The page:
Say you want to model the evolution over time of a disease like HIV in an individual, or the evolution of moods like stress or craving from self-reports/ecological momentary assessments (EMA), and you believe there is some underlying ‘true’ trajectory. For disease and moods, you likely want a continuous-time model that handles irregularly sampled data and allows the disease or mood process to change at arbitrary times. However, you still have a big choice to make: do you use a discrete state latent variable model such as a continuous-time Markov chain (CTMC) or continuous-time hidden Markov model (CT-HMM), or assume a continuous-valued true trajectory and use a mixed model or Gaussian process (GP)??
There are several arguments for a discrete latent variable model
- it is arguably more interpretable. In diseases like cancer they describe the disease in terms of stages that every clinician is familiar with: stages 0-4. I’m not sure if they have stage-wise models in behavioral science the same way, but if they do, a discrete latent variable model would be appropriate.
- Because of the use of discrete states we can describe the rates at which we move between states, how long we on average stay in a state, and how covariates affect the rate at which we move between different states. For instance, if we had four states of stress, we could say that as you increase income by $100/month, the mean holding time for state two of stress goes down by x, but the mean holding time for state three of stress goes down by y. Statements like this are very difficult to make using models like mixed models or Gaussian processes. They are still somewhat difficult here, as they require extensive validation of whether the learned model makes sense, but the framework at least lends itself to such statements.
- It allows for more flexible observation models and of different types. For instance, if you want to model one binary question, one ordinal question, one categorical question in longitudinal survey data, and one continuous-valued observation, this is fairly easy with a discrete latent variable model. You simply assume that all observations are conditionally independent given the state, and then specify some exponential family observation distribution for each one. It’s less straightforward with mixed models (although  seems to do this) and even less straightforward with Gaussian processes.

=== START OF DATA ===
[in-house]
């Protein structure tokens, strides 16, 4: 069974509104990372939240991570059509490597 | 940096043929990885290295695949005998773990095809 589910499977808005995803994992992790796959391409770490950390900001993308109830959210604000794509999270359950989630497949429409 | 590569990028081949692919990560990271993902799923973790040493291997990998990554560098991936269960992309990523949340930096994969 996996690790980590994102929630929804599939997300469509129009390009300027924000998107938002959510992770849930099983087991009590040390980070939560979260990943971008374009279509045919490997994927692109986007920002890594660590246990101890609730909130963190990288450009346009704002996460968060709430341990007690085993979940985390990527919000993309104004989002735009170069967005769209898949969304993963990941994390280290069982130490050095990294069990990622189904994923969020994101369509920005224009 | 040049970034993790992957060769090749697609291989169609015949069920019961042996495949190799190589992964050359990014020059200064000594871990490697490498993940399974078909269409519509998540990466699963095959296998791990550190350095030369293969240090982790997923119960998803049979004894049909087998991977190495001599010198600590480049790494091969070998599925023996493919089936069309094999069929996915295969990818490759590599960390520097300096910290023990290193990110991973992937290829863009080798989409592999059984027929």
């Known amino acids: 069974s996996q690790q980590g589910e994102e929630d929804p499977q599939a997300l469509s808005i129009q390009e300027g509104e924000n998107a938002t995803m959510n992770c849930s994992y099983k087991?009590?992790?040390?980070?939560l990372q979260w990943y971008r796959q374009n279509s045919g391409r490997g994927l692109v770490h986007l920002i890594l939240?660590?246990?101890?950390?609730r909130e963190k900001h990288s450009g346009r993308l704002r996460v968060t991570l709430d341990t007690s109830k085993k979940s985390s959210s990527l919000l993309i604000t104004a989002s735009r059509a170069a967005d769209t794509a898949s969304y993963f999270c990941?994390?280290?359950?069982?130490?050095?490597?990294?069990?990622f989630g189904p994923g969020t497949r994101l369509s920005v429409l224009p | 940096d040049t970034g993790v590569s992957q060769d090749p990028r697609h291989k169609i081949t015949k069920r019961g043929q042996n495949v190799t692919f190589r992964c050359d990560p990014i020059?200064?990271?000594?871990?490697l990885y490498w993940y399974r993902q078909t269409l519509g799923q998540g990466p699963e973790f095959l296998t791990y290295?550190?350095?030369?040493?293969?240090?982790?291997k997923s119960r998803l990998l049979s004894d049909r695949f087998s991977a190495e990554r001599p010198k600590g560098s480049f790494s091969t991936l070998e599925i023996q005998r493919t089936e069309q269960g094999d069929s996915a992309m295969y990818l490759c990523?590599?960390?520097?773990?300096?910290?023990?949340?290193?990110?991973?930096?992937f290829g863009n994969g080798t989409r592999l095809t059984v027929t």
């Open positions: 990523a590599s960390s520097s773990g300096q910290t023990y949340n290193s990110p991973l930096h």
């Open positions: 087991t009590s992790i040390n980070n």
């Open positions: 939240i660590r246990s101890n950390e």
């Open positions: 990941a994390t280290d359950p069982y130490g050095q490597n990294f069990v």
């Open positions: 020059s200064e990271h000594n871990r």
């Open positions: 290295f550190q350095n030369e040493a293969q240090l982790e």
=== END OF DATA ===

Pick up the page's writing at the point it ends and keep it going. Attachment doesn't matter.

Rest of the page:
We could alternatively use a continuous-valued one like a GP or a mixed model. Advantages here are:
- If you believe the true process is continuous-valued and want that extra resolution. In particular, a CTMC/CT-HMM makes the assumption that dynamics within a state don’t matter, but maybe they do.
- With a Gaussian process, while you lose flexibility in the observation model, you can gain flexibility in the evolution of the true trajectory. For instance, in a CT-HMM (discrete state model), the influence of old observations decays exponentially quickly. That is, old data becomes stale. In a Gaussian process, this doesn’t have to be the case and you can easily have old measurements have a large influence on the present based on your specification of your covariance function between time points.
- The long-run evolution may be easier to describe intuitively with both a GP (via the mean function) or a mixed model (via the slope and intercept). In Markov models unless you have an absorbing state it’s difficult to describe long-run dynamics.
- A mixed model is ‘personalized.’ Each individual has a different set of unknown parameters. Given the latent variable (random effects), everyone has different long-run dynamics.
Note that there are ways to address many of the limitations I described, but they either involve approximations with few/no guarantees, or make implementation substantially more difficult. For instance, one could use a Gaussian process prior with a discrete observation likelihood, but then one won’t have a Gaussian process posterior and would probably need a variational approximation or to use some sampling methods. Further, one could work on relaxing the Markov assumption in discrete state latent variable models. However, for a first analysis one should probably start with thinking about the simpler trade offs.
 Yu, Tingting, Lang Wu, and Peter B. Gilbert. “A joint model for mixed and truncated longitudinal data and survival data, with application to HIV vaccine studies.” Biostatistics 19, no. 3 (2017): 374-390.